Minnesota’s ‘stunning’ uncommitted vote reveals enduring problem for Biden

Analysts and advocates say the Super Tuesday results show the protest movement against Biden extends beyond Arab and Muslim voters.

Asma Mohammed, an activist with Uncommitted Minnesota, speaks to media as Tuesday's presidential primary unfolds in Minneapolis, Minnesota [File: Stephen Maturen/AFP]

The concept behind the Michigan protest was simple: Cast a vote for the “uncommitted” option in the Democratic primary, instead of supporting United States President Joe Biden.

But the backlash at the ballot box has since become a national movement, with key races in the Super Tuesday primaries revealing strong showings for “uncommitted” voters in other states too.

The idea, activists say, is to send a message that Democratic voters will not tolerate Biden’s unequivocal support for Israel’s war in Gaza. And that message appears to be gaining steam.

Last week, over 101,000 Michigan residents cast “uncommitted” ballots in the Democratic primary, for around 13 percent of the vote. This week, on Super Tuesday, Minnesota saw nearly 19 percent of its primary votes go to the “uncommitted” category — an even higher ratio of voters, despite the last-minute nature of the state’s protest.

That comes on top of similar efforts in Super Tuesday states like North Carolina and Massachusetts to rebuke Biden at the ballot box. The results mean that 11 Minnesota delegates, alongside two from Michigan, will represent the protest at the Democratic National Convention in August.

But the numbers alone do not tell the whole story, according to Arshad Hasan, a Democratic strategist. He explained that the best indicator of the movement’s growing power is in the type of voters who selected “uncommitted”.

They large comprise a broad coalition of both Arab and Muslim Americans – overlapping but diverse groups – as well as other racial minorities and progressives.

“The issue is all of these people comprise the activist class within the Democratic Party,” Hasan told Al Jazeera. That “class” acts as a driving force to motivate others to vote: “Those activists are needed to mobilise all of their networks and their communities.”

“It matters that this is actually an organised movement in some states and not just random,” he said. “That means these are people who move people. And Biden needs people who move people among his base.”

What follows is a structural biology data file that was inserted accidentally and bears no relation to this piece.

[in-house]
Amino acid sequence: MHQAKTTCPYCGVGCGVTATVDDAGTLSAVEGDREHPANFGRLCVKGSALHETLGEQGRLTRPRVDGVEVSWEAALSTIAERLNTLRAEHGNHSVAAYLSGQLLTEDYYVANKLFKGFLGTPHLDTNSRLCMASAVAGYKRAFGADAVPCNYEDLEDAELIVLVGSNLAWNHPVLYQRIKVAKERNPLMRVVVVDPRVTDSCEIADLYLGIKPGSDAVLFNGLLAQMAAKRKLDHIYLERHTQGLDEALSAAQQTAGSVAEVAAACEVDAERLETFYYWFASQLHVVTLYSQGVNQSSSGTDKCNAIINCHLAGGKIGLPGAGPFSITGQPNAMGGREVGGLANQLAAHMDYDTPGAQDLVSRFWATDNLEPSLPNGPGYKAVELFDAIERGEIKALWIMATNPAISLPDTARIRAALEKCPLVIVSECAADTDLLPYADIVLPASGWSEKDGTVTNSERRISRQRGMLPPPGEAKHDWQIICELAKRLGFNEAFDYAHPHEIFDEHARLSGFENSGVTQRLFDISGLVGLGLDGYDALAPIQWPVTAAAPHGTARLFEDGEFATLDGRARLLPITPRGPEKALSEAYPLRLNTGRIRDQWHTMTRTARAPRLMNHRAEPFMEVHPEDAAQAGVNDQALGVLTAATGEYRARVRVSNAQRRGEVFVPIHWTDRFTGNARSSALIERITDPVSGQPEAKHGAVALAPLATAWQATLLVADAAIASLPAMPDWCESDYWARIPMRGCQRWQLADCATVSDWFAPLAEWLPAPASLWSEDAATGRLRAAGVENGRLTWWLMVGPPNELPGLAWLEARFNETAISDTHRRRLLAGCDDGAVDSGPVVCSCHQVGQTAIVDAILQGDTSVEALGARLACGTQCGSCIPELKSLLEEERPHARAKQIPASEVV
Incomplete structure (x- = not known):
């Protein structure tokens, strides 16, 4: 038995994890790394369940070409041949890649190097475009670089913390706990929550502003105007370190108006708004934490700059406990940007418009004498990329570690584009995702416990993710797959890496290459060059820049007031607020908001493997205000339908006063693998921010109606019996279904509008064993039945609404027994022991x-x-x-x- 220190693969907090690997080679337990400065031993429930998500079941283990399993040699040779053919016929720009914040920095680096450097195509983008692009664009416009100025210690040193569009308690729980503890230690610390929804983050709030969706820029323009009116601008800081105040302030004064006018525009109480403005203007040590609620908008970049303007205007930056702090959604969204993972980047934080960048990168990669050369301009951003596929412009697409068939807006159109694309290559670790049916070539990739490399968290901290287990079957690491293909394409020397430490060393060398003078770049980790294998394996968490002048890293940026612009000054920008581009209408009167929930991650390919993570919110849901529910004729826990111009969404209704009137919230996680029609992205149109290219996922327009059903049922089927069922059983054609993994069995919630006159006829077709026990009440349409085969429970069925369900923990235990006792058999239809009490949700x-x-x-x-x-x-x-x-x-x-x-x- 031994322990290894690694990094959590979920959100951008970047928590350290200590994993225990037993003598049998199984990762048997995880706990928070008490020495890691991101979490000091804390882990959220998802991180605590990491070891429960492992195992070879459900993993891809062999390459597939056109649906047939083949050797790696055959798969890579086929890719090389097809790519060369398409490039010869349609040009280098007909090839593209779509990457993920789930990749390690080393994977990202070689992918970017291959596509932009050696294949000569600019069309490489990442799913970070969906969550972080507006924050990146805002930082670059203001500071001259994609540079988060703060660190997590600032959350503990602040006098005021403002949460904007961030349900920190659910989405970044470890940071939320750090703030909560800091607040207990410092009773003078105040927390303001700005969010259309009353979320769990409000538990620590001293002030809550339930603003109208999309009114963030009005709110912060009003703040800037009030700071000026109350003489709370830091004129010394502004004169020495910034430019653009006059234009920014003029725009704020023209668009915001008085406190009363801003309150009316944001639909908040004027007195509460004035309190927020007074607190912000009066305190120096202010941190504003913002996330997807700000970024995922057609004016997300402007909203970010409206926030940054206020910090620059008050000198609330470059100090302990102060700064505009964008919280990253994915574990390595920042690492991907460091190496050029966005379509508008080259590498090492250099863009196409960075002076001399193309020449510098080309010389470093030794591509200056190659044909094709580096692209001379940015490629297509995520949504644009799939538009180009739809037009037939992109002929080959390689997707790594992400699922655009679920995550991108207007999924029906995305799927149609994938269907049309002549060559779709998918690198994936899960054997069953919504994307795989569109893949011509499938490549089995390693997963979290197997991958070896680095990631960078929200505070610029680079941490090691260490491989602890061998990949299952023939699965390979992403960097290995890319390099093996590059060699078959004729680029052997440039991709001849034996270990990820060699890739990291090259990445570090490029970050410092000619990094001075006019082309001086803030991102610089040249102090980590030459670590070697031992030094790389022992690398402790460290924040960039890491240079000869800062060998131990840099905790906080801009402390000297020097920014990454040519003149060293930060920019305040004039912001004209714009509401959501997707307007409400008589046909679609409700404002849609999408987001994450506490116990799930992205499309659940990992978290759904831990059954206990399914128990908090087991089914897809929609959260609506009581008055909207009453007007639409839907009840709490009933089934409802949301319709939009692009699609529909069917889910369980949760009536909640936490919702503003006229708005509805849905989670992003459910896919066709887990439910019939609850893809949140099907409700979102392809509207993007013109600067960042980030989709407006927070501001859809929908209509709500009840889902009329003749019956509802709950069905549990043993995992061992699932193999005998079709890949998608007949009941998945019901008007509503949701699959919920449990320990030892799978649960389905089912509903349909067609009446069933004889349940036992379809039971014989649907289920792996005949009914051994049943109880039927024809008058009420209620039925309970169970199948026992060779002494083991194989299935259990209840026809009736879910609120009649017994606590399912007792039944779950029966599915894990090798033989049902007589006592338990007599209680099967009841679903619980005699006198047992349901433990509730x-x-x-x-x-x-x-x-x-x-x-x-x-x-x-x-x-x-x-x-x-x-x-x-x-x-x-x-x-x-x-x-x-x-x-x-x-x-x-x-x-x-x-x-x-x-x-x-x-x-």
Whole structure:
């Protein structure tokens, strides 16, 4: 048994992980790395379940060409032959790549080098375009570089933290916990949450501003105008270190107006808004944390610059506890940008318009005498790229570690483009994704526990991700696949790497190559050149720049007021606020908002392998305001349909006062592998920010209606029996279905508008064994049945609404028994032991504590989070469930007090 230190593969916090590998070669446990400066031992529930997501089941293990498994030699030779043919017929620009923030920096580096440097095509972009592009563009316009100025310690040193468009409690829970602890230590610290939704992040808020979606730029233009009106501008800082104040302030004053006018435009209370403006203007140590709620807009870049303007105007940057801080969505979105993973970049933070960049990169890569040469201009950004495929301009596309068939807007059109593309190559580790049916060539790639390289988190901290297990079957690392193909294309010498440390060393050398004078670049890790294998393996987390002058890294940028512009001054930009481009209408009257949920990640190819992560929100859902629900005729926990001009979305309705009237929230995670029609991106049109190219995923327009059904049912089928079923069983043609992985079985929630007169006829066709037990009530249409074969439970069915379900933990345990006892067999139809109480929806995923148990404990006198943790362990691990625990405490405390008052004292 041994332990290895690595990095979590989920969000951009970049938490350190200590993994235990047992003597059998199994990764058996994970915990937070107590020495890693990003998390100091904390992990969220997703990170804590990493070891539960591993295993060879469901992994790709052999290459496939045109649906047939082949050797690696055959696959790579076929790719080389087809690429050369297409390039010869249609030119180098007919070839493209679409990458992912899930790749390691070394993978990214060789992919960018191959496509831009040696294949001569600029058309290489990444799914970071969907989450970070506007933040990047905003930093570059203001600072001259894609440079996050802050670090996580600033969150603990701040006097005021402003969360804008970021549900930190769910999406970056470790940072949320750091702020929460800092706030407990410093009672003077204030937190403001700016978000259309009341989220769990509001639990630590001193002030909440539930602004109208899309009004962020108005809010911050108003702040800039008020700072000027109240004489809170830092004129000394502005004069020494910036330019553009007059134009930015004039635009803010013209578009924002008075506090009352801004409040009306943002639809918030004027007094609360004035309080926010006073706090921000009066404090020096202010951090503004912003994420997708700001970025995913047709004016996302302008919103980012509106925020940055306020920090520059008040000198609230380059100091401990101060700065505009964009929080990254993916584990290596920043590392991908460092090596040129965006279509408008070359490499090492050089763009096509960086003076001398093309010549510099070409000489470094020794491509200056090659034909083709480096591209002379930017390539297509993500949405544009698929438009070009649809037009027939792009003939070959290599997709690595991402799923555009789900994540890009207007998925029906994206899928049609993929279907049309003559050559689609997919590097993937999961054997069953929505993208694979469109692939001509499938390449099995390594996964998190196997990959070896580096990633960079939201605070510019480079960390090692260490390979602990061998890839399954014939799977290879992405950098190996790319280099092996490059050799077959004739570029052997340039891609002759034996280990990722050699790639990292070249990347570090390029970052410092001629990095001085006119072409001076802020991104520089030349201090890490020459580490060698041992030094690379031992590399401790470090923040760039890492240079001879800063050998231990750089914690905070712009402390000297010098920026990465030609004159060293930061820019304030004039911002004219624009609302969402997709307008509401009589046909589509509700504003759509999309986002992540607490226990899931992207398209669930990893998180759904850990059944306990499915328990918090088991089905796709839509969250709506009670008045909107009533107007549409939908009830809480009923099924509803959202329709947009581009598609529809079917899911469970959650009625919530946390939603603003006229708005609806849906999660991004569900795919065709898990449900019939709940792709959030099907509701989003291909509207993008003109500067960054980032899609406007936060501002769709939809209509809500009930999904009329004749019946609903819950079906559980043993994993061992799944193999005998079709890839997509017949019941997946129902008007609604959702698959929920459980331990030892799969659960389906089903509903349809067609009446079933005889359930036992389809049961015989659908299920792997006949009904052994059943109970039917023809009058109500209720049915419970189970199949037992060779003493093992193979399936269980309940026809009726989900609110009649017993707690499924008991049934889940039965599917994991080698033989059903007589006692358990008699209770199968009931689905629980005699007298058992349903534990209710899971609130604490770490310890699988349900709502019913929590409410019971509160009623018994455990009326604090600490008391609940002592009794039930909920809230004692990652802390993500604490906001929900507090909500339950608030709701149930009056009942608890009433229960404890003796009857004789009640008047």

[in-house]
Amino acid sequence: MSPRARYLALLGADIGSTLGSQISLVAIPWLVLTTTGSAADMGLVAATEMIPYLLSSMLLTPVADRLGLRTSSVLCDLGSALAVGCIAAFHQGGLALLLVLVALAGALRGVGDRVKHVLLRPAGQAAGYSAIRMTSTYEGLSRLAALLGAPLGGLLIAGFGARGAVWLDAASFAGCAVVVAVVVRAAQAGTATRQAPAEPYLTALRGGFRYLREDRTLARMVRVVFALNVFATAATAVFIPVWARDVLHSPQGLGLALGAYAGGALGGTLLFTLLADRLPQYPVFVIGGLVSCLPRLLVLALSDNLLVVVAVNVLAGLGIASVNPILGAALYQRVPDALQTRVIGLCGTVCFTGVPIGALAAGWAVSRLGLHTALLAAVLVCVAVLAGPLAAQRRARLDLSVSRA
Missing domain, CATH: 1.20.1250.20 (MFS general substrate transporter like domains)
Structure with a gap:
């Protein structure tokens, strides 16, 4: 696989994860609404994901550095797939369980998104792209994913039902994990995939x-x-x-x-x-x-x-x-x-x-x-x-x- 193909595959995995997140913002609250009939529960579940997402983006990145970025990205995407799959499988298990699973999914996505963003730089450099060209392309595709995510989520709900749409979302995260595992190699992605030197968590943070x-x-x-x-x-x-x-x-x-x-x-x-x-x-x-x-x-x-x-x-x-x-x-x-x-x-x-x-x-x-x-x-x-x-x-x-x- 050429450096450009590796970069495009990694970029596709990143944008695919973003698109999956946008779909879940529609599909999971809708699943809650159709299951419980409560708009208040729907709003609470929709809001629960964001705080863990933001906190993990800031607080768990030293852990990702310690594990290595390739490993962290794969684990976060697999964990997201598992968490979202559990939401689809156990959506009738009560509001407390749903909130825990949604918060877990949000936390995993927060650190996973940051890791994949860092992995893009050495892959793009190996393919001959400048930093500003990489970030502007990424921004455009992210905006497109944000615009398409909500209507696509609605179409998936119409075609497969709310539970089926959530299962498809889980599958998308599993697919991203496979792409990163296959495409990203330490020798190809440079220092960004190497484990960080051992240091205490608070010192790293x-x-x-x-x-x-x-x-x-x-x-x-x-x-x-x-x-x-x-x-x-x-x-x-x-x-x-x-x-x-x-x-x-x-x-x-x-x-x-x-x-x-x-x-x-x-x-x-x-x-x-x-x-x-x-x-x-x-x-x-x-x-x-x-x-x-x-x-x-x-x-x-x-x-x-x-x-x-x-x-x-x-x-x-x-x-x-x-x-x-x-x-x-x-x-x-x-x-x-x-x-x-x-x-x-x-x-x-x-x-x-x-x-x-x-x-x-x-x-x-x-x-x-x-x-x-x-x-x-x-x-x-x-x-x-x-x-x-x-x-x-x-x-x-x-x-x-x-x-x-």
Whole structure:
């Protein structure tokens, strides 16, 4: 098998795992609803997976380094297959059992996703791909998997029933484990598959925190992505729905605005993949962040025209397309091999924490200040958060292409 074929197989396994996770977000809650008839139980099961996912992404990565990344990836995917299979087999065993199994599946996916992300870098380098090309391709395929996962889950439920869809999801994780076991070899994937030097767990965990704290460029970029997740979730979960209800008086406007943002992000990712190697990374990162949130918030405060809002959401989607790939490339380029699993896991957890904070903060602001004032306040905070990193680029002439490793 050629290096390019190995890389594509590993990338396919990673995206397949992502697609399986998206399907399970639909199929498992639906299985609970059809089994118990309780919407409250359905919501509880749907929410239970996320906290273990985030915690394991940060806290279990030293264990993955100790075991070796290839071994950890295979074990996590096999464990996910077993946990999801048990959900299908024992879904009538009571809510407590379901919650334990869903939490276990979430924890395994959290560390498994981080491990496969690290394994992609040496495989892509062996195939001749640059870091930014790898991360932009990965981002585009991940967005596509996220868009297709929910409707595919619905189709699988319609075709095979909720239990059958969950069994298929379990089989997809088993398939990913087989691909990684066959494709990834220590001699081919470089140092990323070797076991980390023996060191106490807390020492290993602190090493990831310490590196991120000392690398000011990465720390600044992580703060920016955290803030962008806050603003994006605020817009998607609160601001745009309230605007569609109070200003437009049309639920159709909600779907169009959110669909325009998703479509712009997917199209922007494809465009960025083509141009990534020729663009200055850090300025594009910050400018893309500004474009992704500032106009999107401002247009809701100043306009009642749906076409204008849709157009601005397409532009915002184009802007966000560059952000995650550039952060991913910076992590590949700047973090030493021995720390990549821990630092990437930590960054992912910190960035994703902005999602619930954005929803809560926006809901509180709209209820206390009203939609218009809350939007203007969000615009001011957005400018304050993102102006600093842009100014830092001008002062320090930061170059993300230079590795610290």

A last-minute protest pays off

Biden is facing tough reelection prospects: A March poll from the New York Times and Siena College found the Democratic president trailing his Republican adversary Donald Trump, 43 to 48 percent.

Experts say he needs every vote he can muster in key battlegrounds like Michigan and Minnesota, where races can come down to narrow margins.

That makes Super Tuesday’s results all the more striking. Asma Mohammed, the lead organiser for the “uncommitted” campaign in Minnesota, said the effort surpassed expectations despite few resources and a limited time frame.

She told Al Jazeera the effort had just $20,000 to reach voters. “We had eight days and a few really passionate people,” she explained. “And I think a few passionate people made a lot of difference.”

While organisers had set their sights on attracting 5,000 “uncommitted” votes, they received nine times that number: Over 45,000 voters cast uncommitted ballots on Tuesday.

Smaller margins have decided recent presidential races in states like Michigan and Minnesota. Under different circumstances, Mohammed added, those voters could be mobilised in Biden’s favour.

But Mohammed said she refuses to back a president who supports Israel’s war, which has elicited fears of genocide and famine in the Gaza Strip. More than 30,000 Palestinians have been killed so far, though Biden has downplayed those numbers.

“As someone who has organised Democrats for the better part of my adult life, it makes my job harder when the president uses genocidal rhetoric,” she said.

Mohammed said she too was buoyed by the diversity of voters backing the protest vote. The number of “uncommitted” voters in Minnesota far outpaced the proportion of Muslim residents in the state — which hovers around one percent.

The largest number of “uncommitted” votes came from the Minneapolis area, which has a large Somali American population. But Mohammed pointed out that predominantly white areas also expressed robust support for the “uncommitted” movement.

Northern St Louis County, for instance, is 92 percent white and saw 15 percent of Democratic primary votes go to “uncommitted”.